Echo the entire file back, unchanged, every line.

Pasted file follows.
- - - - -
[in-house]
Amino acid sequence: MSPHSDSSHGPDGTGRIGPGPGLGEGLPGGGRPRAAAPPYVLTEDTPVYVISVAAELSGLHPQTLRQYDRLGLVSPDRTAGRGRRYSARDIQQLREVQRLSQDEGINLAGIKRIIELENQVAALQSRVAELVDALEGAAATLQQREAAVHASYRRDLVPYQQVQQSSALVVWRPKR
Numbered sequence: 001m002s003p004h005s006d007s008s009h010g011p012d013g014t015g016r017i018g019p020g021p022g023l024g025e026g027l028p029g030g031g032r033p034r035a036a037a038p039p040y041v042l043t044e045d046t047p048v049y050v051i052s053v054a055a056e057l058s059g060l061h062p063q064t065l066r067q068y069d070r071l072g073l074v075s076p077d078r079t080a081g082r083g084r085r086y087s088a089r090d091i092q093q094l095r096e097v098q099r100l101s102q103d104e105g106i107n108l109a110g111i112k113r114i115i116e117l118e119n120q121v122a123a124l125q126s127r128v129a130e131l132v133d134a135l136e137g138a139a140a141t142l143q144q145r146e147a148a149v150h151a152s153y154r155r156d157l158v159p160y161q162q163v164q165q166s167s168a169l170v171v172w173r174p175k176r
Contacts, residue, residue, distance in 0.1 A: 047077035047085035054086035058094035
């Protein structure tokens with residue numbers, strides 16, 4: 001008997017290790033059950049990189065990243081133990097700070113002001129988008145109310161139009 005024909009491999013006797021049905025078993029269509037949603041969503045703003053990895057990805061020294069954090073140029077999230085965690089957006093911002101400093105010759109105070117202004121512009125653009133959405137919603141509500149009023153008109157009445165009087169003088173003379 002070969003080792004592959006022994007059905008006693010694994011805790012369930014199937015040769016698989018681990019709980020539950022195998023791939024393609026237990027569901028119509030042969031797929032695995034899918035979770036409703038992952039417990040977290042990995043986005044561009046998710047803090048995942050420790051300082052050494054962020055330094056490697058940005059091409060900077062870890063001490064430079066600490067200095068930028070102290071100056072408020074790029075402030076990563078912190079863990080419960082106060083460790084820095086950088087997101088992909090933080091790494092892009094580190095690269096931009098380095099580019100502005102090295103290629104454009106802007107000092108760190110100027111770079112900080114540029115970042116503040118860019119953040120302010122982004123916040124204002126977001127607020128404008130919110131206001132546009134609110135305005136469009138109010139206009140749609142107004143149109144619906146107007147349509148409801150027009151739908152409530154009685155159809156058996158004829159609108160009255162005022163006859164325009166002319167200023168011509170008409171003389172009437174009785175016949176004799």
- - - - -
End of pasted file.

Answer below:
[in-house]
Amino acid sequence: MSPHSDSSHGPDGTGRIGPGPGLGEGLPGGGRPRAAAPPYVLTEDTPVYVISVAAELSGLHPQTLRQYDRLGLVSPDRTAGRGRRYSARDIQQLREVQRLSQDEGINLAGIKRIIELENQVAALQSRVAELVDALEGAAATLQQREAAVHASYRRDLVPYQQVQQSSALVVWRPKR
Numbered sequence: 001m002s003p004h005s006d007s008s009h010g011p012d013g014t015g016r017i018g019p020g021p022g023l024g025e026g027l028p029g030g031g032r033p034r035a036a037a038p039p040y041v042l043t044e045d046t047p048v049y050v051i052s053v054a055a056e057l058s059g060l061h062p063q064t065l066r067q068y069d070r071l072g073l074v075s076p077d078r079t080a081g082r083g084r085r086y087s088a089r090d091i092q093q094l095r096e097v098q099r100l101s102q103d104e105g106i107n108l109a110g111i112k113r114i115i116e117l118e119n120q121v122a123a124l125q126s127r128v129a130e131l132v133d134a135l136e137g138a139a140a141t142l143q144q145r146e147a148a149v150h151a152s153y154r155r156d157l158v159p160y161q162q163v164q165q166s167s168a169l170v171v172w173r174p175k176r
Contacts, residue, residue, distance in 0.1 A: 047077035047085035054086035058094035
């Protein structure tokens with residue numbers, strides 16, 4: 001008997017290790033059950049990189065990243081133990097700070113002001129988008145109310161139009 005024909009491999013006797021049905025078993029269509037949603041969503045703003053990895057990805061020294069954090073140029077999230085965690089957006093911002101400093105010759109105070117202004121512009125653009133959405137919603141509500149009023153008109157009445165009087169003088173003379 002070969003080792004592959006022994007059905008006693010694994011805790012369930014199937015040769016698989018681990019709980020539950022195998023791939024393609026237990027569901028119509030042969031797929032695995034899918035979770036409703038992952039417990040977290042990995043986005044561009046998710047803090048995942050420790051300082052050494054962020055330094056490697058940005059091409060900077062870890063001490064430079066600490067200095068930028070102290071100056072408020074790029075402030076990563078912190079863990080419960082106060083460790084820095086950088087997101088992909090933080091790494092892009094580190095690269096931009098380095099580019100502005102090295103290629104454009106802007107000092108760190110100027111770079112900080114540029115970042116503040118860019119953040120302010122982004123916040124204002126977001127607020128404008130919110131206001132546009134609110135305005136469009138109010139206009140749609142107004143149109144619906146107007147349509148409801150027009151739908152409530154009685155159809156058996158004829159609108160009255162005022163006859164325009166002319167200023168011509170008409171003389172009437174009785175016949176004799």